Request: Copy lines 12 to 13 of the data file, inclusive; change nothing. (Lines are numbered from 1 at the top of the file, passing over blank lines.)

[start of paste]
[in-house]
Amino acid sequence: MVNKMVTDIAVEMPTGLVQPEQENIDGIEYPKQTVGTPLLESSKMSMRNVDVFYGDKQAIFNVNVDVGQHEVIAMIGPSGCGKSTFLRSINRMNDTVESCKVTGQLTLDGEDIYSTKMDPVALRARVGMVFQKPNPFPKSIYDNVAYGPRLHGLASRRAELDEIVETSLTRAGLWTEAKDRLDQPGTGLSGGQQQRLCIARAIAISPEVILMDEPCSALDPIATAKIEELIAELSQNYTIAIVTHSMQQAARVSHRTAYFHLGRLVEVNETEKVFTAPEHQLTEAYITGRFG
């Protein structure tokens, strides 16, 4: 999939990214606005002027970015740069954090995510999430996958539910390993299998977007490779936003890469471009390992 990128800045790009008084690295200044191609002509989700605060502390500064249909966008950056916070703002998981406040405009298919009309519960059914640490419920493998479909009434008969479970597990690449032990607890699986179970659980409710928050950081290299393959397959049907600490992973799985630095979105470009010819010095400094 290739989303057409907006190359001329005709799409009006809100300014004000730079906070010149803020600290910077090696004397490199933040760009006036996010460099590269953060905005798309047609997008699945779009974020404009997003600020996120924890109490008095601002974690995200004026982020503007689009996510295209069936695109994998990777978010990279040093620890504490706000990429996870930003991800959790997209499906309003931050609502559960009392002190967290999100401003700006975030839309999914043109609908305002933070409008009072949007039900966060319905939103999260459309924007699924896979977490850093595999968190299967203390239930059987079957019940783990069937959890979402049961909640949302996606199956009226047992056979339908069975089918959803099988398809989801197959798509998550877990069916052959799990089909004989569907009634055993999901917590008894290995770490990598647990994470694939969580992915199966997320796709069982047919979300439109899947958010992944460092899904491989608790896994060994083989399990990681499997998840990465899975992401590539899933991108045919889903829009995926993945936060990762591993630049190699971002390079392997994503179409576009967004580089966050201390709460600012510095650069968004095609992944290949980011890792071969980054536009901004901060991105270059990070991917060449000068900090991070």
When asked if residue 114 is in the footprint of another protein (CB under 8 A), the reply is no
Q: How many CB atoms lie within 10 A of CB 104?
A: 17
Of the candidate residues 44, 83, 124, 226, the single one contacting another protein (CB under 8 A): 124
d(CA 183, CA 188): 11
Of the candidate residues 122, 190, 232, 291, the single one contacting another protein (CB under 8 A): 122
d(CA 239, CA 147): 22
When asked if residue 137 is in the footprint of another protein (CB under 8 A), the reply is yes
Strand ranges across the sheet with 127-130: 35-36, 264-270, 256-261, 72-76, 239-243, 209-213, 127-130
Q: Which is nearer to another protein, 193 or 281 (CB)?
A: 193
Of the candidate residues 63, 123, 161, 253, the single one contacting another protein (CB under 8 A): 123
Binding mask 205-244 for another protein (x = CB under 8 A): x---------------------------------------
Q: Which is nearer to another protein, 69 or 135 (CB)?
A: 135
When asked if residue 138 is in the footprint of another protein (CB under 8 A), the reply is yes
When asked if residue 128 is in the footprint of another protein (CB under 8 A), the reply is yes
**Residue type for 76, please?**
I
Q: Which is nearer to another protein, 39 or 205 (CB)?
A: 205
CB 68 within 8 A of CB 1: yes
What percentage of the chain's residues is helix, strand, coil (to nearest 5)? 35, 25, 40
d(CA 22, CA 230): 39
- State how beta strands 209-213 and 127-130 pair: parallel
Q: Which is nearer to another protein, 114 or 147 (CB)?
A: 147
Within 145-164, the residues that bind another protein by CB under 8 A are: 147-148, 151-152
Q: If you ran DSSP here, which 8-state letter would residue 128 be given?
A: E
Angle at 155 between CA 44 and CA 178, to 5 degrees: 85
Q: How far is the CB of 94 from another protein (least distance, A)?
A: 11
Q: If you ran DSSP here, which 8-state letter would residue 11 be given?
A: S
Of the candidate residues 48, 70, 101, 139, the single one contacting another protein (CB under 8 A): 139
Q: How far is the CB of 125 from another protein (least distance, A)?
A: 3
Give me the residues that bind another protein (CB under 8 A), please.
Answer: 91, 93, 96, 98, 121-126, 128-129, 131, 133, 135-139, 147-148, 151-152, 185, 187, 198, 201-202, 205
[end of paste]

Strand ranges across the sheet with 127-130: 35-36, 264-270, 256-261, 72-76, 239-243, 209-213, 127-130
Q: Which is nearer to another protein, 193 or 281 (CB)?